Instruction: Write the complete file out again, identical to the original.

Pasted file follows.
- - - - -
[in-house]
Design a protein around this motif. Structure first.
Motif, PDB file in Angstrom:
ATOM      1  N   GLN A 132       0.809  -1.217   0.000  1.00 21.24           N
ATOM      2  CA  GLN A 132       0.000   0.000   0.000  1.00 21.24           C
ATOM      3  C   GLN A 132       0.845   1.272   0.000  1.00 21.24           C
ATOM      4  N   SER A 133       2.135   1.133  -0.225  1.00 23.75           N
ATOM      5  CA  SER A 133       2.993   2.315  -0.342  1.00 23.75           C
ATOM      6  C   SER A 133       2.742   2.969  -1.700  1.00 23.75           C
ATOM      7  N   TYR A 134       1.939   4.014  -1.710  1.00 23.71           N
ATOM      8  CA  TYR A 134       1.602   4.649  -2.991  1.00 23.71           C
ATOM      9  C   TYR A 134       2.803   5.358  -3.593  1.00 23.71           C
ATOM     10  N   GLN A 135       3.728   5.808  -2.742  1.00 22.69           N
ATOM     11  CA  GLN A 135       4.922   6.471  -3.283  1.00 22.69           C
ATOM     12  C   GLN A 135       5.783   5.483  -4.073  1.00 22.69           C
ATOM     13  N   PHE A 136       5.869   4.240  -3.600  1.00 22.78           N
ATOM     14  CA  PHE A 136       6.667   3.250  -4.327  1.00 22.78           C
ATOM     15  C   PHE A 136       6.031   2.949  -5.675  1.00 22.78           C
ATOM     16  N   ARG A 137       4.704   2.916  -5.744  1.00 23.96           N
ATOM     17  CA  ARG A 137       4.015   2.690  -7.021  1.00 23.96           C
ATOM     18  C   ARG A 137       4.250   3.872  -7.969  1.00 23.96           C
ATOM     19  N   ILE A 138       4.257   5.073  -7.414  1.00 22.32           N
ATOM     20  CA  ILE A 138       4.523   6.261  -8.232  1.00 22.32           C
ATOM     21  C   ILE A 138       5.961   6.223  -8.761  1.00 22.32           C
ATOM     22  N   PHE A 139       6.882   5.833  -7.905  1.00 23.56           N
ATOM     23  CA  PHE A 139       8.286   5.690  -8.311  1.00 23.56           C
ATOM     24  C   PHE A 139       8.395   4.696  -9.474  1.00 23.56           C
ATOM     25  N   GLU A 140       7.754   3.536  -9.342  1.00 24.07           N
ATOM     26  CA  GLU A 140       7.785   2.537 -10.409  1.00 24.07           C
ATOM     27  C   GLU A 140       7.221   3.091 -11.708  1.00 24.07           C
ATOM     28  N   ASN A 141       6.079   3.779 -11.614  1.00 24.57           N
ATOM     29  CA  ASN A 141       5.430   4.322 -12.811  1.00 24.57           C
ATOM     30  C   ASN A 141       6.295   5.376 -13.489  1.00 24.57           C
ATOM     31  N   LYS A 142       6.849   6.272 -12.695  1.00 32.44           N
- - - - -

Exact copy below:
[in-house]
Design a protein around this motif. Structure first.
Motif, PDB file in Angstrom:
ATOM      1  N   GLN A 132       0.809  -1.217   0.000  1.00 21.24           N
ATOM      2  CA  GLN A 132       0.000   0.000   0.000  1.00 21.24           C
ATOM      3  C   GLN A 132       0.845   1.272   0.000  1.00 21.24           C
ATOM      4  N   SER A 133       2.135   1.133  -0.225  1.00 23.75           N
ATOM      5  CA  SER A 133       2.993   2.315  -0.342  1.00 23.75           C
ATOM      6  C   SER A 133       2.742   2.969  -1.700  1.00 23.75           C
ATOM      7  N   TYR A 134       1.939   4.014  -1.710  1.00 23.71           N
ATOM      8  CA  TYR A 134       1.602   4.649  -2.991  1.00 23.71           C
ATOM      9  C   TYR A 134       2.803   5.358  -3.593  1.00 23.71           C
ATOM     10  N   GLN A 135       3.728   5.808  -2.742  1.00 22.69           N
ATOM     11  CA  GLN A 135       4.922   6.471  -3.283  1.00 22.69           C
ATOM     12  C   GLN A 135       5.783   5.483  -4.073  1.00 22.69           C
ATOM     13  N   PHE A 136       5.869   4.240  -3.600  1.00 22.78           N
ATOM     14  CA  PHE A 136       6.667   3.250  -4.327  1.00 22.78           C
ATOM     15  C   PHE A 136       6.031   2.949  -5.675  1.00 22.78           C
ATOM     16  N   ARG A 137       4.704   2.916  -5.744  1.00 23.96           N
ATOM     17  CA  ARG A 137       4.015   2.690  -7.021  1.00 23.96           C
ATOM     18  C   ARG A 137       4.250   3.872  -7.969  1.00 23.96           C
ATOM     19  N   ILE A 138       4.257   5.073  -7.414  1.00 22.32           N
ATOM     20  CA  ILE A 138       4.523   6.261  -8.232  1.00 22.32           C
ATOM     21  C   ILE A 138       5.961   6.223  -8.761  1.00 22.32           C
ATOM     22  N   PHE A 139       6.882   5.833  -7.905  1.00 23.56           N
ATOM     23  CA  PHE A 139       8.286   5.690  -8.311  1.00 23.56           C
ATOM     24  C   PHE A 139       8.395   4.696  -9.474  1.00 23.56           C
ATOM     25  N   GLU A 140       7.754   3.536  -9.342  1.00 24.07           N
ATOM     26  CA  GLU A 140       7.785   2.537 -10.409  1.00 24.07           C
ATOM     27  C   GLU A 140       7.221   3.091 -11.708  1.00 24.07           C
ATOM     28  N   ASN A 141       6.079   3.779 -11.614  1.00 24.57           N
ATOM     29  CA  ASN A 141       5.430   4.322 -12.811  1.00 24.57           C
ATOM     30  C   ASN A 141       6.295   5.376 -13.489  1.00 24.57           C
ATOM     31  N   LYS A 142       6.849   6.272 -12.695  1.00 32.44           N